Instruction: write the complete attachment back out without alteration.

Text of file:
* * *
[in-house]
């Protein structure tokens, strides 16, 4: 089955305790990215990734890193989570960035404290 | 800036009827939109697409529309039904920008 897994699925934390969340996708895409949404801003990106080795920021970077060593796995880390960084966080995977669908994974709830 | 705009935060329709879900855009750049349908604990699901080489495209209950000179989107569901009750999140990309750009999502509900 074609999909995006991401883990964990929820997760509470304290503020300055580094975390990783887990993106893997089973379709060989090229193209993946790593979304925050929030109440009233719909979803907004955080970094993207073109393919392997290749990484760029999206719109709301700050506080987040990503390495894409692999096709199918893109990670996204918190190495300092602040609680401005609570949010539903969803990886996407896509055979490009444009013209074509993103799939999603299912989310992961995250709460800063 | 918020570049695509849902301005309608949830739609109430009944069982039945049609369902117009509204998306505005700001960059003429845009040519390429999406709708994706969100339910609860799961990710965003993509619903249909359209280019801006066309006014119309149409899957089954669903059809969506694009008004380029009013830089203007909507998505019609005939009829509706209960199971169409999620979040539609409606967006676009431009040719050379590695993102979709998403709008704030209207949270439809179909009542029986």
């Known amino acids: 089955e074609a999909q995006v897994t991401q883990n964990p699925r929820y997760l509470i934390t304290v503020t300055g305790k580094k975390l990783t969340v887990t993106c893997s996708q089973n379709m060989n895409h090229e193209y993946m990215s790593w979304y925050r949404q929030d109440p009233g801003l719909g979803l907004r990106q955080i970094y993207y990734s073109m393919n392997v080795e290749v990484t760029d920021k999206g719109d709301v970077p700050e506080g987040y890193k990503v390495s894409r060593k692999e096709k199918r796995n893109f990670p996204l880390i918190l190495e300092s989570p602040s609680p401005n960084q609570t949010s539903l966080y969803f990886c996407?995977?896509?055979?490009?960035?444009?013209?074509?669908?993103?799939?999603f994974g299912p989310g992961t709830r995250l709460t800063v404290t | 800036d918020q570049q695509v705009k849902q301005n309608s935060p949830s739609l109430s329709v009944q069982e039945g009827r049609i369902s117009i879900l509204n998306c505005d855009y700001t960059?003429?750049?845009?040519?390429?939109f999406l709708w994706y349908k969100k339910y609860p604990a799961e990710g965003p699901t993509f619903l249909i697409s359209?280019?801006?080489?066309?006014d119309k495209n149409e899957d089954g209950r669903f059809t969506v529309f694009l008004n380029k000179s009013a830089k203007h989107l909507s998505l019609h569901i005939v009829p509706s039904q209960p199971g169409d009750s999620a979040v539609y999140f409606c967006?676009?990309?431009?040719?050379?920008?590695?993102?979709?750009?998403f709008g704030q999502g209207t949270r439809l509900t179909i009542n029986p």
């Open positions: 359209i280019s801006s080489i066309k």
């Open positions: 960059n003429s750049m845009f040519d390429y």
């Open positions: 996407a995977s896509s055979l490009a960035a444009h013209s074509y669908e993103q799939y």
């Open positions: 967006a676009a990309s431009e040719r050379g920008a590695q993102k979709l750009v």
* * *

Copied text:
[in-house]
């Protein structure tokens, strides 16, 4: 089955305790990215990734890193989570960035404290 | 800036009827939109697409529309039904920008 897994699925934390969340996708895409949404801003990106080795920021970077060593796995880390960084966080995977669908994974709830 | 705009935060329709879900855009750049349908604990699901080489495209209950000179989107569901009750999140990309750009999502509900 074609999909995006991401883990964990929820997760509470304290503020300055580094975390990783887990993106893997089973379709060989090229193209993946790593979304925050929030109440009233719909979803907004955080970094993207073109393919392997290749990484760029999206719109709301700050506080987040990503390495894409692999096709199918893109990670996204918190190495300092602040609680401005609570949010539903969803990886996407896509055979490009444009013209074509993103799939999603299912989310992961995250709460800063 | 918020570049695509849902301005309608949830739609109430009944069982039945049609369902117009509204998306505005700001960059003429845009040519390429999406709708994706969100339910609860799961990710965003993509619903249909359209280019801006066309006014119309149409899957089954669903059809969506694009008004380029009013830089203007909507998505019609005939009829509706209960199971169409999620979040539609409606967006676009431009040719050379590695993102979709998403709008704030209207949270439809179909009542029986």
């Known amino acids: 089955e074609a999909q995006v897994t991401q883990n964990p699925r929820y997760l509470i934390t304290v503020t300055g305790k580094k975390l990783t969340v887990t993106c893997s996708q089973n379709m060989n895409h090229e193209y993946m990215s790593w979304y925050r949404q929030d109440p009233g801003l719909g979803l907004r990106q955080i970094y993207y990734s073109m393919n392997v080795e290749v990484t760029d920021k999206g719109d709301v970077p700050e506080g987040y890193k990503v390495s894409r060593k692999e096709k199918r796995n893109f990670p996204l880390i918190l190495e300092s989570p602040s609680p401005n960084q609570t949010s539903l966080y969803f990886c996407?995977?896509?055979?490009?960035?444009?013209?074509?669908?993103?799939?999603f994974g299912p989310g992961t709830r995250l709460t800063v404290t | 800036d918020q570049q695509v705009k849902q301005n309608s935060p949830s739609l109430s329709v009944q069982e039945g009827r049609i369902s117009i879900l509204n998306c505005d855009y700001t960059?003429?750049?845009?040519?390429?939109f999406l709708w994706y349908k969100k339910y609860p604990a799961e990710g965003p699901t993509f619903l249909i697409s359209?280019?801006?080489?066309?006014d119309k495209n149409e899957d089954g209950r669903f059809t969506v529309f694009l008004n380029k000179s009013a830089k203007h989107l909507s998505l019609h569901i005939v009829p509706s039904q209960p199971g169409d009750s999620a979040v539609y999140f409606c967006?676009?990309?431009?040719?050379?920008?590695?993102?979709?750009?998403f709008g704030q999502g209207t949270r439809l509900t179909i009542n029986p």
């Open positions: 359209i280019s801006s080489i066309k």
């Open positions: 960059n003429s750049m845009f040519d390429y």
């Open positions: 996407a995977s896509s055979l490009a960035a444009h013209s074509y669908e993103q799939y």
């Open positions: 967006a676009a990309s431009e040719r050379g920008a590695q993102k979709l750009v």